As we’ve established in previous articles, winter is not the time to go on a deprivation diet nor feed our bodies with cold salads or smoothies. Instead, what we want to do is 𝐧𝐨𝐮𝐫𝐢𝐬𝐡 our bodies with warming foods which will enable it to better perform its detoxifying duties.
This Honey & Pistachio Rice Pudding recipe is just one of many in the upcoming Express Detox: Winter Edition. The masterclass includes recipes and menu-planning for the 10 days. We use real food, no weird supplements or energy powders. Enjoy this pudding as a breakfast, snack or dessert during these cold winter days!
Disclosure: some of the links below are affiliate links or discount codes, meaning, at no additional cost to you, if you click through an affiliate link and make a purchase, we may make a commission.
Cook the rice or use previously cooked rice (from package in link above or leftovers). In a sauce pan add the rice, along with the coconut milk and cinnamon stick. Simmer for about 10 minutes or until flavors have melded. Remove from heat and serve in a bowl with pistachios on top and a drizzle of honey. Enjoy!
Maybe it’s all the autumn activities or just the season of our lives, but we’re probably not alone in feeling like a squirrel on a sugar-high. Scattered. Busy. Trying to maintain a mental map of the yards where we hid our nuts. Okay, maybe not the last one.
Still, the increase in activity, even if just shopping on Early Prime Days, tends to lend itself to eating more snacks. And that’s okay. Let’s try to have some that land on the healthier side of the spectrum. Here are healthy, plant-based fall snacks that run the gamut from no-bake and about 10 minutes to delicious, baked goods that might have you salivating at the ding of the timer after 45 minutes of somewhat patiently waiting at the oven door.
Ooh wee! Have you seen the fresh peaches available at farmers markets and grocery stores? If you haven’t already, grab a few along with a pint of blueberries for this sweet, no-added sugar dessert. Compote usually involves fruit cooked in a syrup or with sugar but we just used water and a bit of cinnamon. It’s wonderful to have for breakfast or as a dessert. Life’s a peach!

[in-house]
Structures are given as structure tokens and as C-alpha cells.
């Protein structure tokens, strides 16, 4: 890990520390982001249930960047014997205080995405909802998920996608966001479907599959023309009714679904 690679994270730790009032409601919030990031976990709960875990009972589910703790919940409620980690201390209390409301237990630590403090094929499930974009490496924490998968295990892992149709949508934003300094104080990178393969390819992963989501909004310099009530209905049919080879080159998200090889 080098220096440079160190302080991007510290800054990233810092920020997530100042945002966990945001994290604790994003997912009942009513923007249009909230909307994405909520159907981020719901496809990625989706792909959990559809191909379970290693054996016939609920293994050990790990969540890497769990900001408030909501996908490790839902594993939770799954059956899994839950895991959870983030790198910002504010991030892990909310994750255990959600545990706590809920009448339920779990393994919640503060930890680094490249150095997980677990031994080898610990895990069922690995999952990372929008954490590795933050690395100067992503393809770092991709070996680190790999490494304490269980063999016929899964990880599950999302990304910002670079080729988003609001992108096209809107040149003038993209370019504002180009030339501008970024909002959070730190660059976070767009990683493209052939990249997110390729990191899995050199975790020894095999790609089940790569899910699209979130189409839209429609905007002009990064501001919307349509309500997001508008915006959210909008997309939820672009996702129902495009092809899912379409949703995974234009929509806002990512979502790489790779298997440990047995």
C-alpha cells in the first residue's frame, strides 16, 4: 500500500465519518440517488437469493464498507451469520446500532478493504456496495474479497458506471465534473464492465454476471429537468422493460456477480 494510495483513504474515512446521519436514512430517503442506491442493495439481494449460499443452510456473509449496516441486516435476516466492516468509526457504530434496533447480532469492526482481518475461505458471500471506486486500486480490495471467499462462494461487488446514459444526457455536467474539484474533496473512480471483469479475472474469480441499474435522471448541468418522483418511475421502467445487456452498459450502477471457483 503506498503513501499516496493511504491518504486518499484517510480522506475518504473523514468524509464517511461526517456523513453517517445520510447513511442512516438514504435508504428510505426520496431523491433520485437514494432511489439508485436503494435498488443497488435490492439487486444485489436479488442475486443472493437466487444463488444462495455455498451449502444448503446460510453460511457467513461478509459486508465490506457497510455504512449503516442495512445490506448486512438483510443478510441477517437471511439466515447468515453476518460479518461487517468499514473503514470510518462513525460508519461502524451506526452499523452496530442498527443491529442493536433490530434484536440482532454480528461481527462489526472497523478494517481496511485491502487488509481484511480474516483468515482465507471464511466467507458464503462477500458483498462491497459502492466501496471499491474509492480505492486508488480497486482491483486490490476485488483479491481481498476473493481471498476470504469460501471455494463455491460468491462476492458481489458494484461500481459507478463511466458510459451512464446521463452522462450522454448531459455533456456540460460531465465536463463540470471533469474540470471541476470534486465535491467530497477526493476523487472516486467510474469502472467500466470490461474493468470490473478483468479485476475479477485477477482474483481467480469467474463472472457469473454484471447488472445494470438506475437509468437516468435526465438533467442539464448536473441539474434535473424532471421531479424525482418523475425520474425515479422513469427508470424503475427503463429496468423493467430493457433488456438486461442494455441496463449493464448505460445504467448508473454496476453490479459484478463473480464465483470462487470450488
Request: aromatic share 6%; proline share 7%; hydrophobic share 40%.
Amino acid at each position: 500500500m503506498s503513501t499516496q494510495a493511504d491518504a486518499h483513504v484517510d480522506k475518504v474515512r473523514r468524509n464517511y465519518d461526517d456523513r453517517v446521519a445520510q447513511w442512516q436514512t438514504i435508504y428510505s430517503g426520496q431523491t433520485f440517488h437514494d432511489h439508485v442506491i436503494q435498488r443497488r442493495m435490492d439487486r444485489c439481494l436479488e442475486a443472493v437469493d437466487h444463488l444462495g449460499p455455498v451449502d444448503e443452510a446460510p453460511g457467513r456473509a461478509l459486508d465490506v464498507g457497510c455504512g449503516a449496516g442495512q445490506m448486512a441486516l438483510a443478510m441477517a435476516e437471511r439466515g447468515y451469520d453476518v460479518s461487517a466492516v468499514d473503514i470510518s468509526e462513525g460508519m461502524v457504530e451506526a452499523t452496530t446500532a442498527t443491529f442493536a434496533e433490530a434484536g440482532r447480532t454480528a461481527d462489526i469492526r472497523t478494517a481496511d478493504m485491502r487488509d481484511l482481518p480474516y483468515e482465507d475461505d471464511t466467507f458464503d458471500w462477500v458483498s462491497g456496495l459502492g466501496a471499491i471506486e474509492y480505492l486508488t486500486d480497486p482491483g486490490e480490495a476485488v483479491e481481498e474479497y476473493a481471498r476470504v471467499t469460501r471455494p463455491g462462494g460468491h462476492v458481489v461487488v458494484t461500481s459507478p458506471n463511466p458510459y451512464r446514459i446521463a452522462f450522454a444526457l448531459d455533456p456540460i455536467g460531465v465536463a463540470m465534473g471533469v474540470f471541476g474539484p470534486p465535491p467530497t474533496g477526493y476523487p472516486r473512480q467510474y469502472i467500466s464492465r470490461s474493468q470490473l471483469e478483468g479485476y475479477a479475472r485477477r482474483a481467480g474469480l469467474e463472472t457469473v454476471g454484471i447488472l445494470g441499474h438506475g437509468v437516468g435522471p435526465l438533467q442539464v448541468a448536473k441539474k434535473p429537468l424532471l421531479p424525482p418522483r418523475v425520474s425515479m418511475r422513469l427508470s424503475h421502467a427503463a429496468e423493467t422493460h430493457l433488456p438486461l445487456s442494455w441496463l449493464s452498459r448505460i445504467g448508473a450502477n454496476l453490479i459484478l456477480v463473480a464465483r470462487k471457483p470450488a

Prep time: 5 minutes
Cook time: about 30-40 minutes
Servings: ~ 9
4-5 ripe, fresh peaches
1 pint blueberries
1 tsp cinnamon
Dice peaches and put in medium saucepan with enough water to cover the bottom. Add blueberries and cinnamon. Cook on low, stirring occasionally, for about 30-45 minutes or until fruit has softened. Enjoy on its own, with oatmeal in the mornings, or with vanilla ice cream in the evenings.
“This sugar detox challenge came at the perfect time for me, and my family. I had been noticing how the kids were asking for convenient (junk) snacks and fast food, cereals and frozen meals. Since they are teenage boys, they could eat with abandon and seemingly not gain weight. For awhile, I could ignore the voice in my head that said I had to make a change. After all, my husband and I work full-time and with the kids activities and daily life, we were busy and I had a hard time saying no to their requests. It was much easier to give in than try to figure out new food options or recipes. I wanted to be a better role model and I knew I had to address my own sugar consumption. Even though I considered myself a healthy eater, certainly better than average, and had removed a number of junk foods from my diet, I still had my soda dependency to work through. I told myself I needed it for a caffeine boost and that since I ‘only’ had 1-2 sodas a day, it wasn’t a big deal, but it was. I signed up and mentally prepared myself for the change.
The first few days were difficult to say the least. I had a headache and experienced fatigue to the point where I needed to take a nap in the middle of the day. By days 4 and 5, I felt like I was coming out of a fog. My brain felt like it was functioning better and I could think more clearly. My energy started to boost back up, without caffeine! I started noticing my skin tone improve. Things were looking good…
I relapsed over the weekend and felt sluggish, unfocused and foggy-headed. This was a valuable lesson because now I can definitely see the difference when I have less sugar. This makes me feel stronger and more committed to making it last.
I’m not a slave to sugary drinks anymore. I noticed that Coke is kind of a gateway drug for me and, if I had it at lunch, I’d end up ordering a specialty coffee drink (with more sugar) later on that afternoon. Along with this, my alcohol consumption has decreased because I’m no longer having mixed drinks.
Other benefits over the past 25 days include better bowel movements and a yeast infection clearing up, avoiding late-night ice cream and snacks, and having more energy. From my original measurements to the last day of the challenge, I’ve lost 3.5 lbs and a 1/2 inch from my waist. In just 25 days! My skin looks healthier too and though I’m in my late 40s, I’ve been told it’s ‘glowing’. I’ll take it!